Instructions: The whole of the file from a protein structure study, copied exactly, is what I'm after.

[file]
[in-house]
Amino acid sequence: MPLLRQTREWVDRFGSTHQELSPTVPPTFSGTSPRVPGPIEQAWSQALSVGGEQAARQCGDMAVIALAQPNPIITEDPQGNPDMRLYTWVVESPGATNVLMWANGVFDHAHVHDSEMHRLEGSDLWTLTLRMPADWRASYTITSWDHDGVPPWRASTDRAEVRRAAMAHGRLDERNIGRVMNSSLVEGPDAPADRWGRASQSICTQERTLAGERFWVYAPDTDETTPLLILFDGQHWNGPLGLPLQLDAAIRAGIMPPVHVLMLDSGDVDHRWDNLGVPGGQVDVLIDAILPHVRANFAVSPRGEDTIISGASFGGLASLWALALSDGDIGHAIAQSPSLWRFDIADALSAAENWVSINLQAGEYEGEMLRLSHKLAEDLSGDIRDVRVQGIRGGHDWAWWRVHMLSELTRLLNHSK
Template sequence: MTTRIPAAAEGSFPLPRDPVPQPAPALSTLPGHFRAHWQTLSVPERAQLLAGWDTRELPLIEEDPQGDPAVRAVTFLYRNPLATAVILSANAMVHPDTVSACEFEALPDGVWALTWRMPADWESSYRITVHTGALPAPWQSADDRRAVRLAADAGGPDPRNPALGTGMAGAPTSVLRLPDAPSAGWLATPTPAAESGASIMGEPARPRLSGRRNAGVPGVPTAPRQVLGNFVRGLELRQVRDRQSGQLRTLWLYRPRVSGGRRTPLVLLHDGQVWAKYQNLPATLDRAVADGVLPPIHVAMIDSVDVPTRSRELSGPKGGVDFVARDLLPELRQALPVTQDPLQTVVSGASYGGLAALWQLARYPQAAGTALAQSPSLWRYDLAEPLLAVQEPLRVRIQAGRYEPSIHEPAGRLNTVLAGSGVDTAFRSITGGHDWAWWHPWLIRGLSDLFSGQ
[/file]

[in-house]
Amino acid sequence: MPLLRQTREWVDRFGSTHQELSPTVPPTFSGTSPRVPGPIEQAWSQALSVGGEQAARQCGDMAVIALAQPNPIITEDPQGNPDMRLYTWVVESPGATNVLMWANGVFDHAHVHDSEMHRLEGSDLWTLTLRMPADWRASYTITSWDHDGVPPWRASTDRAEVRRAAMAHGRLDERNIGRVMNSSLVEGPDAPADRWGRASQSICTQERTLAGERFWVYAPDTDETTPLLILFDGQHWNGPLGLPLQLDAAIRAGIMPPVHVLMLDSGDVDHRWDNLGVPGGQVDVLIDAILPHVRANFAVSPRGEDTIISGASFGGLASLWALALSDGDIGHAIAQSPSLWRFDIADALSAAENWVSINLQAGEYEGEMLRLSHKLAEDLSGDIRDVRVQGIRGGHDWAWWRVHMLSELTRLLNHSK
Template sequence: MTTRIPAAAEGSFPLPRDPVPQPAPALSTLPGHFRAHWQTLSVPERAQLLAGWDTRELPLIEEDPQGDPAVRAVTFLYRNPLATAVILSANAMVHPDTVSACEFEALPDGVWALTWRMPADWESSYRITVHTGALPAPWQSADDRRAVRLAADAGGPDPRNPALGTGMAGAPTSVLRLPDAPSAGWLATPTPAAESGASIMGEPARPRLSGRRNAGVPGVPTAPRQVLGNFVRGLELRQVRDRQSGQLRTLWLYRPRVSGGRRTPLVLLHDGQVWAKYQNLPATLDRAVADGVLPPIHVAMIDSVDVPTRSRELSGPKGGVDFVARDLLPELRQALPVTQDPLQTVVSGASYGGLAALWQLARYPQAAGTALAQSPSLWRYDLAEPLLAVQEPLRVRIQAGRYEPSIHEPAGRLNTVLAGSGVDTAFRSITGGHDWAWWHPWLIRGLSDLFSGQ